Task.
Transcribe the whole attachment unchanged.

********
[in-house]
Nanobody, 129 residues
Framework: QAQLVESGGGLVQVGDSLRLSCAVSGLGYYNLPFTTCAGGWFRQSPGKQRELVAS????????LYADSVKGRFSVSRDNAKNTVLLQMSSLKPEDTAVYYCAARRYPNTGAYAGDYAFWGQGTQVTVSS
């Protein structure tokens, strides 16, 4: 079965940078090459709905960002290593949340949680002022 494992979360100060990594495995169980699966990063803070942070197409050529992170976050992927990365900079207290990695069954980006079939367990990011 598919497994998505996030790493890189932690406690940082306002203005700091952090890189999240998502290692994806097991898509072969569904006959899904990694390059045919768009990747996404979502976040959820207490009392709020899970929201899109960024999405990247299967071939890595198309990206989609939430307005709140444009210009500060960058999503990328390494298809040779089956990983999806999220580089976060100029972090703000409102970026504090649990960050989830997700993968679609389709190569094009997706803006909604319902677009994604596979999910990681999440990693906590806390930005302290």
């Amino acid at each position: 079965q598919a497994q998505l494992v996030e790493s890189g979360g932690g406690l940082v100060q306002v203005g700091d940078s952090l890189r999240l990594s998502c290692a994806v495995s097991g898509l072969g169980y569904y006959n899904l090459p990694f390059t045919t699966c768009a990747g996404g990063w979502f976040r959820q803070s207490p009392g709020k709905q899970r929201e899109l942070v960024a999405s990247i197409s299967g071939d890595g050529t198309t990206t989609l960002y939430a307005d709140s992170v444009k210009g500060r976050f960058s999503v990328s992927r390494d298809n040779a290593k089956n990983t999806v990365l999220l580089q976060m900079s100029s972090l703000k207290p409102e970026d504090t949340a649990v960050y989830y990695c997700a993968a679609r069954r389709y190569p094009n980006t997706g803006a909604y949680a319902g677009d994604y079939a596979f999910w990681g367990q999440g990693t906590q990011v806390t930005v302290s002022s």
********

[in-house]
Nanobody, 129 residues
Framework: QAQLVESGGGLVQVGDSLRLSCAVSGLGYYNLPFTTCAGGWFRQSPGKQRELVAS????????LYADSVKGRFSVSRDNAKNTVLLQMSSLKPEDTAVYYCAARRYPNTGAYAGDYAFWGQGTQVTVSS
């Protein structure tokens, strides 16, 4: 079965940078090459709905960002290593949340949680002022 494992979360100060990594495995169980699966990063803070942070197409050529992170976050992927990365900079207290990695069954980006079939367990990011 598919497994998505996030790493890189932690406690940082306002203005700091952090890189999240998502290692994806097991898509072969569904006959899904990694390059045919768009990747996404979502976040959820207490009392709020899970929201899109960024999405990247299967071939890595198309990206989609939430307005709140444009210009500060960058999503990328390494298809040779089956990983999806999220580089976060100029972090703000409102970026504090649990960050989830997700993968679609389709190569094009997706803006909604319902677009994604596979999910990681999440990693906590806390930005302290």
């Amino acid at each position: 079965q598919a497994q998505l494992v996030e790493s890189g979360g932690g406690l940082v100060q306002v203005g700091d940078s952090l890189r999240l990594s998502c290692a994806v495995s097991g898509l072969g169980y569904y006959n899904l090459p990694f390059t045919t699966c768009a990747g996404g990063w979502f976040r959820q803070s207490p009392g709020k709905q899970r929201e899109l942070v960024a999405s990247i197409s299967g071939d890595g050529t198309t990206t989609l960002y939430a307005d709140s992170v444009k210009g500060r976050f960058s999503v990328s992927r390494d298809n040779a290593k089956n990983t999806v990365l999220l580089q976060m900079s100029s972090l703000k207290p409102e970026d504090t949340a649990v960050y989830y990695c997700a993968a679609r069954r389709y190569p094009n980006t997706g803006a909604y949680a319902g677009d994604y079939a596979f999910w990681g367990q999440g990693t906590q990011v806390t930005v302290s002022s």